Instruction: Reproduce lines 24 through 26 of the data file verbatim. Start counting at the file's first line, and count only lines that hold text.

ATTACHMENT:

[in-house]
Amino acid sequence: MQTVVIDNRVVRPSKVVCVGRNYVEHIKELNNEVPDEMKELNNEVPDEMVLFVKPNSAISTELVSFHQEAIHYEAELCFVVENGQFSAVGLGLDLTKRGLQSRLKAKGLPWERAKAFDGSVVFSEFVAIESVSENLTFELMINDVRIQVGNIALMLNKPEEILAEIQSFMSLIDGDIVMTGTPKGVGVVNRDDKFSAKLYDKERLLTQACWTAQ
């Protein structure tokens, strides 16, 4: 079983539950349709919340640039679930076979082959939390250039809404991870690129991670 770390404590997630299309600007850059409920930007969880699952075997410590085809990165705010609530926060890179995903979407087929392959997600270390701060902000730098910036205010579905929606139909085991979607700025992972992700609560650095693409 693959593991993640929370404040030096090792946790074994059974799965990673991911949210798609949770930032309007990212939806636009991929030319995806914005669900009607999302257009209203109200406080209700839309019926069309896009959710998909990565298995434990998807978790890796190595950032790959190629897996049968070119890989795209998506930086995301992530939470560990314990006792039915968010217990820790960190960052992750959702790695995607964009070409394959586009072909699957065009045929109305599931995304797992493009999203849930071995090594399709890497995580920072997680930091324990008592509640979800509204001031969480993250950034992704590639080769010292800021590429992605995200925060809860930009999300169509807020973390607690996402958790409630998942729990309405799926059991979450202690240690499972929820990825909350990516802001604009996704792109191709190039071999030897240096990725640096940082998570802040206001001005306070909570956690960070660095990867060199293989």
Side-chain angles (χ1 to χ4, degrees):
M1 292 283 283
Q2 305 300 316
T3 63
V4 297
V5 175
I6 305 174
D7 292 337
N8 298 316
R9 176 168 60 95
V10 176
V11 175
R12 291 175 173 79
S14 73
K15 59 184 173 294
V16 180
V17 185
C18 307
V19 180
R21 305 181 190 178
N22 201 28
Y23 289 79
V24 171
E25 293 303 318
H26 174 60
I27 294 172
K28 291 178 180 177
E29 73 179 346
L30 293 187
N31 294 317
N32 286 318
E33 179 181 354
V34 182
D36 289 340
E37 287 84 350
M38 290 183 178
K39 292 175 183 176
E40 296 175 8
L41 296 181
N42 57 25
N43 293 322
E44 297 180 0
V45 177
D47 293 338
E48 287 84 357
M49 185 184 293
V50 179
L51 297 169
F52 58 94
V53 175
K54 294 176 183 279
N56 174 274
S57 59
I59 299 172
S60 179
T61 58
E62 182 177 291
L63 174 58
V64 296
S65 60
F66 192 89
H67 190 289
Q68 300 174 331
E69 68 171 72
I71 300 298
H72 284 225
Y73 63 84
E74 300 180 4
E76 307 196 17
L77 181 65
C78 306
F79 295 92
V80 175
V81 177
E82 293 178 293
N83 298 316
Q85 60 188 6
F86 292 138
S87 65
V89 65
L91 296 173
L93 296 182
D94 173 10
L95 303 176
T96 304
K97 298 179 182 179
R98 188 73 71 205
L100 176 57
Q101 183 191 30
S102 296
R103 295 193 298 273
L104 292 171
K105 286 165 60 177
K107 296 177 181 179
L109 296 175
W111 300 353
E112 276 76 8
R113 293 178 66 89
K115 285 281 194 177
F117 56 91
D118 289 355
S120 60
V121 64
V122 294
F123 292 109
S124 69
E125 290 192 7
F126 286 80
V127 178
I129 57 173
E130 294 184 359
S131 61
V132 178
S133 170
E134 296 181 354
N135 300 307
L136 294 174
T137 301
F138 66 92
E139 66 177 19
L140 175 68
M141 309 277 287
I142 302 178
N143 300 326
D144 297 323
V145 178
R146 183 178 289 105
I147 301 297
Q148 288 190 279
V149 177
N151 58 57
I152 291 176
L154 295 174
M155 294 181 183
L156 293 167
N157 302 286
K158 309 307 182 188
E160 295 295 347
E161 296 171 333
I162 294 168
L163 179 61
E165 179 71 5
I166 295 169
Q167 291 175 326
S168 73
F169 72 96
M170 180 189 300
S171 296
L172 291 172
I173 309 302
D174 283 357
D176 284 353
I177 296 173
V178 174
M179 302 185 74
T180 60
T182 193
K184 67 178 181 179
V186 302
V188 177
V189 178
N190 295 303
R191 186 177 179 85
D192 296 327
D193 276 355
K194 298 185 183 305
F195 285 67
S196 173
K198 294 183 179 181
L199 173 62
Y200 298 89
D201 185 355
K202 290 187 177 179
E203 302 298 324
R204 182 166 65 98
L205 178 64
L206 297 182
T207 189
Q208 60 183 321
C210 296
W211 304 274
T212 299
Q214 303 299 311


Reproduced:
N22 201 28
Y23 289 79
V24 171